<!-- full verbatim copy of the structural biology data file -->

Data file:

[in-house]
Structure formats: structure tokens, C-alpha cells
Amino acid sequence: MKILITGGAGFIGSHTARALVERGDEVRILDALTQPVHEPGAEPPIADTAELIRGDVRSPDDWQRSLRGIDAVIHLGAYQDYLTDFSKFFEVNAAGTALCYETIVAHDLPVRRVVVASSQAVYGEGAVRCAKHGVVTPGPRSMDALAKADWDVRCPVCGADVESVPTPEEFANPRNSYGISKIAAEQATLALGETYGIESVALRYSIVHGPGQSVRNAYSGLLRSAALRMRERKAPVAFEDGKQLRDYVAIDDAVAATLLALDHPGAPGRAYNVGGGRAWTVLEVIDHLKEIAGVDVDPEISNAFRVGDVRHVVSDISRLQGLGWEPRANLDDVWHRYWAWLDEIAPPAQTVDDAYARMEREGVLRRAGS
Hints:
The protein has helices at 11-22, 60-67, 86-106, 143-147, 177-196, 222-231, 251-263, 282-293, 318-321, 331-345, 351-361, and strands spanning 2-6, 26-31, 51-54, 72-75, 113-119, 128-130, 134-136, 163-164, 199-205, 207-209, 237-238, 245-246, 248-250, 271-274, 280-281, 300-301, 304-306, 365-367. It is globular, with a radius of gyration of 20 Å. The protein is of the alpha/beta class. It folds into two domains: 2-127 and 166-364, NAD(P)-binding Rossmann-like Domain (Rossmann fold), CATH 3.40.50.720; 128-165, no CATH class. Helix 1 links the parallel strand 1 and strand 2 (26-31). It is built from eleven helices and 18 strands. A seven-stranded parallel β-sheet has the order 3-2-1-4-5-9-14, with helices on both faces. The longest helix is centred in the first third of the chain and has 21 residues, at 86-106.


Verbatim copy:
[in-house]
Structure formats: structure tokens, C-alpha cells
Amino acid sequence: MKILITGGAGFIGSHTARALVERGDEVRILDALTQPVHEPGAEPPIADTAELIRGDVRSPDDWQRSLRGIDAVIHLGAYQDYLTDFSKFFEVNAAGTALCYETIVAHDLPVRRVVVASSQAVYGEGAVRCAKHGVVTPGPRSMDALAKADWDVRCPVCGADVESVPTPEEFANPRNSYGISKIAAEQATLALGETYGIESVALRYSIVHGPGQSVRNAYSGLLRSAALRMRERKAPVAFEDGKQLRDYVAIDDAVAATLLALDHPGAPGRAYNVGGGRAWTVLEVIDHLKEIAGVDVDPEISNAFRVGDVRHVVSDISRLQGLGWEPRANLDDVWHRYWAWLDEIAPPAQTVDDAYARMEREGVLRRAGS
Hints:
The protein has helices at 11-22, 60-67, 86-106, 143-147, 177-196, 222-231, 251-263, 282-293, 318-321, 331-345, 351-361, and strands spanning 2-6, 26-31, 51-54, 72-75, 113-119, 128-130, 134-136, 163-164, 199-205, 207-209, 237-238, 245-246, 248-250, 271-274, 280-281, 300-301, 304-306, 365-367. It is globular, with a radius of gyration of 20 Å. The protein is of the alpha/beta class. It folds into two domains: 2-127 and 166-364, NAD(P)-binding Rossmann-like Domain (Rossmann fold), CATH 3.40.50.720; 128-165, no CATH class. Helix 1 links the parallel strand 1 and strand 2 (26-31). It is built from eleven helices and 18 strands. A seven-stranded parallel β-sheet has the order 3-2-1-4-5-9-14, with helices on both faces. The longest helix is centred in the first third of the chain and has 21 residues, at 86-106.